Friday, March 06, 2009

The gallows humor that permeated the Paris auto show in the fall has been replaced by a grudging acceptance that this will be how it is for a while. Except at Saab where the hope is that the Chinese will buy them and at Opel where there is still a feeling of suppressed panic. The admission by Opel’s management that they don’t have the cash to ride out the downturn didn’t help and the news late Thursday that GM’s auditors have cast doubt on the companies future added to the misery.

Trying to impress me, a manager from Mercedes told me that he had it on good authority that Chrysler won’t make it. But anyone who reads the business pages could make that guess. No one I’ve spoken with feels the plan that was given to the Treasury Dept is viable.

The attendance seems ok and the organizers said that they have sold as much display space as before and expect the same number of visitors as last year. The traffic through the booths that Kim & Co manages has been good, so no complaints here. Some attendees have commented that they were planning on buying a new car, but have decided to wait. We’re suggesting they show a little love to their old one.

My feet are tired and my legs are sore, I’m going to take a bath and go to bed early, tomorrow is going to be a long day.



Anonymous Anonymous said...

Saab is dreaming. Why exactly would the Chinese buy them? They've lost money for like 19 of 20 years and have little to offer in terms of plants, markets or technology. I expect some Swedish government backing for an investor group + lots of hope = their best shot at survival, at least as a car maker. Trucks are a different matter.

Chrysler = toast, burnt toast from stale bread. Some brands will survive.

1:24 AM  
Anonymous VJ said...

Yep, not too difficult to discern, especially if you were reading the financial press. What women are supposed to just giggle and nod expressively at these 'pronouncements'?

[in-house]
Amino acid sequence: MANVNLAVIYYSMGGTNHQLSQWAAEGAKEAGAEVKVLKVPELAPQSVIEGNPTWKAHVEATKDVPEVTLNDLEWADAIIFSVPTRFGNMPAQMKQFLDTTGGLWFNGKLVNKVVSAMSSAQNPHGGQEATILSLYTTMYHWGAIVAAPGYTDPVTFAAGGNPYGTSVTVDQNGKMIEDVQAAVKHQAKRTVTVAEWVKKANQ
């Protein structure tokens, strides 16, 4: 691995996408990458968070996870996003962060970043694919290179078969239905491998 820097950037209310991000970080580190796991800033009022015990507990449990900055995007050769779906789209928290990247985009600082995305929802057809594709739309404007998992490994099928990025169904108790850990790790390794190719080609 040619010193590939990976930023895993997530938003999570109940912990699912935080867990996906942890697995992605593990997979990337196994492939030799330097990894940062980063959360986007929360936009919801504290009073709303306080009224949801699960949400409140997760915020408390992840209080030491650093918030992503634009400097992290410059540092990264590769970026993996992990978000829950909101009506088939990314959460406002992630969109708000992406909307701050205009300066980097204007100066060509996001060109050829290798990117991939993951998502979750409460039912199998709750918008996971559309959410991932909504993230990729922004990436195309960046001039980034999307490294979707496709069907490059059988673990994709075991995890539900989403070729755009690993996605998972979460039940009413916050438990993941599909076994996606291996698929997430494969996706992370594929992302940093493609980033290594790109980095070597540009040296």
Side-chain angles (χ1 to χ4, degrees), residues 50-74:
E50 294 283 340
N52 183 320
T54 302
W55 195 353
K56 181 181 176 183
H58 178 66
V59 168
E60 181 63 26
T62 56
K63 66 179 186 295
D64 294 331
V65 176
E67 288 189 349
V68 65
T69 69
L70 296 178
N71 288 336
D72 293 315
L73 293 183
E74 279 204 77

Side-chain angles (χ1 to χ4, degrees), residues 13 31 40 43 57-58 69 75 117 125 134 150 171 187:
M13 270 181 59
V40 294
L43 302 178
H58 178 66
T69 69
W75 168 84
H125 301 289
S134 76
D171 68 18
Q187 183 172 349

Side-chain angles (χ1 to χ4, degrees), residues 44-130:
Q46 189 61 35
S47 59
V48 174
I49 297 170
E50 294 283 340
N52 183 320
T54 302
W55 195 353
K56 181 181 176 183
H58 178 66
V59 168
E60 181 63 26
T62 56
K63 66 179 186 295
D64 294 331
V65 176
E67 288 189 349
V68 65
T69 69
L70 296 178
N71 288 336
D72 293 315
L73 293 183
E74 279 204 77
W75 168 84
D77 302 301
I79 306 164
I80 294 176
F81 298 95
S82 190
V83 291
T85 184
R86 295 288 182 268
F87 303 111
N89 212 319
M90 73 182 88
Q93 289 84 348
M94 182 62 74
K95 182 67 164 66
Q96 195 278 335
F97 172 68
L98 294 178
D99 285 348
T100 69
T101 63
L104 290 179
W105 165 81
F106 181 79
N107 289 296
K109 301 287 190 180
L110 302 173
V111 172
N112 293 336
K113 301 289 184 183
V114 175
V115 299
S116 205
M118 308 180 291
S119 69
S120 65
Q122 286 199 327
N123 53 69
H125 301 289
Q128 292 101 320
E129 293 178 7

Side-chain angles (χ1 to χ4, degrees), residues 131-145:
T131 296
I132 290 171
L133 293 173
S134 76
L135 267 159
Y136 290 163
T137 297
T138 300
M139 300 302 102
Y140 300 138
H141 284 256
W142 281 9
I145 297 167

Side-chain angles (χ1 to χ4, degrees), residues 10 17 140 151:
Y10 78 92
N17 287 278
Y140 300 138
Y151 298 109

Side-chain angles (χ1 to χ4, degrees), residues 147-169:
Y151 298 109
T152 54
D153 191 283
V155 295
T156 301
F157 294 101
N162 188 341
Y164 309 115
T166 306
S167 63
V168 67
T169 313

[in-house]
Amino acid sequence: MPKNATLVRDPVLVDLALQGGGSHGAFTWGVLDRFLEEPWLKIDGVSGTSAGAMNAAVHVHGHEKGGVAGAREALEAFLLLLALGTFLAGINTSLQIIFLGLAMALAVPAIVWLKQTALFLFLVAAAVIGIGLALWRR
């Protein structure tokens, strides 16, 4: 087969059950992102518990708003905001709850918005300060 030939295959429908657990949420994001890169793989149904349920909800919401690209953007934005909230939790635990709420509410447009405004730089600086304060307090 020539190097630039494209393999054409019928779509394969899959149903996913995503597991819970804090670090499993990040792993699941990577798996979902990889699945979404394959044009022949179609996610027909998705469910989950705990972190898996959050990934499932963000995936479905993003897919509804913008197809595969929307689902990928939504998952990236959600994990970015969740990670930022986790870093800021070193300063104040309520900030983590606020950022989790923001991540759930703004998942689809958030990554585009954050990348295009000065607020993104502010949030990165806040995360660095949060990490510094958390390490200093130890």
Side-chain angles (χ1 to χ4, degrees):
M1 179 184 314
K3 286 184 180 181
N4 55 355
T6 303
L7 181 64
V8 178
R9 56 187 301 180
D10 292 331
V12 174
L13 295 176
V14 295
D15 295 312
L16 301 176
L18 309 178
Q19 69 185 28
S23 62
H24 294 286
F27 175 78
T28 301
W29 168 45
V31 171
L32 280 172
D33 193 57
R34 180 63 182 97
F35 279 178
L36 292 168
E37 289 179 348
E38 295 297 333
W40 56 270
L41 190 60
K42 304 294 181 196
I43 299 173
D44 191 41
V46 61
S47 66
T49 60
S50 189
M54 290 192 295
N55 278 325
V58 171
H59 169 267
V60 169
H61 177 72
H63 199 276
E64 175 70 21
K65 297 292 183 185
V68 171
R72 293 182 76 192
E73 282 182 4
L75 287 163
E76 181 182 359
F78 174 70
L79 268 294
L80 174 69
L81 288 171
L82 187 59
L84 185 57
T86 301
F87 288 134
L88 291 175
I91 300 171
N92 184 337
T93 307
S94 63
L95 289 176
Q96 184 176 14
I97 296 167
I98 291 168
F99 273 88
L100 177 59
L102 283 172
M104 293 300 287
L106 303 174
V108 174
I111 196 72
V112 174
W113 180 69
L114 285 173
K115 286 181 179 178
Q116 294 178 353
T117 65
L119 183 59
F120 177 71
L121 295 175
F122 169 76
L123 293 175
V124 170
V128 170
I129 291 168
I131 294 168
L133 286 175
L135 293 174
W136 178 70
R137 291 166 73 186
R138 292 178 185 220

And of course we're trying to do this every day: 'We’re suggesting they show a little love to their old one.'

Cheers & Have fun! 'VJ'

4:57 AM  
Blogger Kim said...

Anon: For the brand, as damaged as it is. Selling a Saab in Europe or NA will be easier than Chery, Geely or SAIC, even if it one or two models assembled in Sweden of Chinese made components with the rest of the models filling the showroom being Chinese in everything but name.

The rumor I heard this morning and also in the press, is that Chery is close to closing a deal with Ford for Volvo.

5:39 PM  
Anonymous Anonymous said...

Since you're hearing actual talk, I can't contradict you but I don't think it will happen. The Chinese companies are denying interest in either and I can see why: do they really want to buy into Swedish plants that need capital with Swedish work rules, cultural expectations and pension requirements? I think it might be different if they could use existing plants to make their own cars, which they're not ready to do yet internationally, but I don't understand why they'd want to take on brands that are currently underwater and need investment. Saab is just plain a money loser.

Volvo is, I gather, in much better shape but I don't know the status of their facilities. I'd imagine a European buyer with state guarantees before the Chinese.

I forgot that GM doesn't own the truck business so it's just cars, which makes things worse.


9:35 PM  
Blogger Kim said...

M, good points. There are so many rumors and much idle speculation that is being passed as awaiting final approval of the press release.

Needless to say, those who are truly in the know aren't talking. My understanding is that Volvo is in significantly better condition than Saab, but it is not large enough to compete as a standalone auto maker.

Until recently Ford has steadfastly denied any intention to sell Volvo and the reason for the change of heart probably has more to do with Ford's need to raise cash.

7:06 PM  

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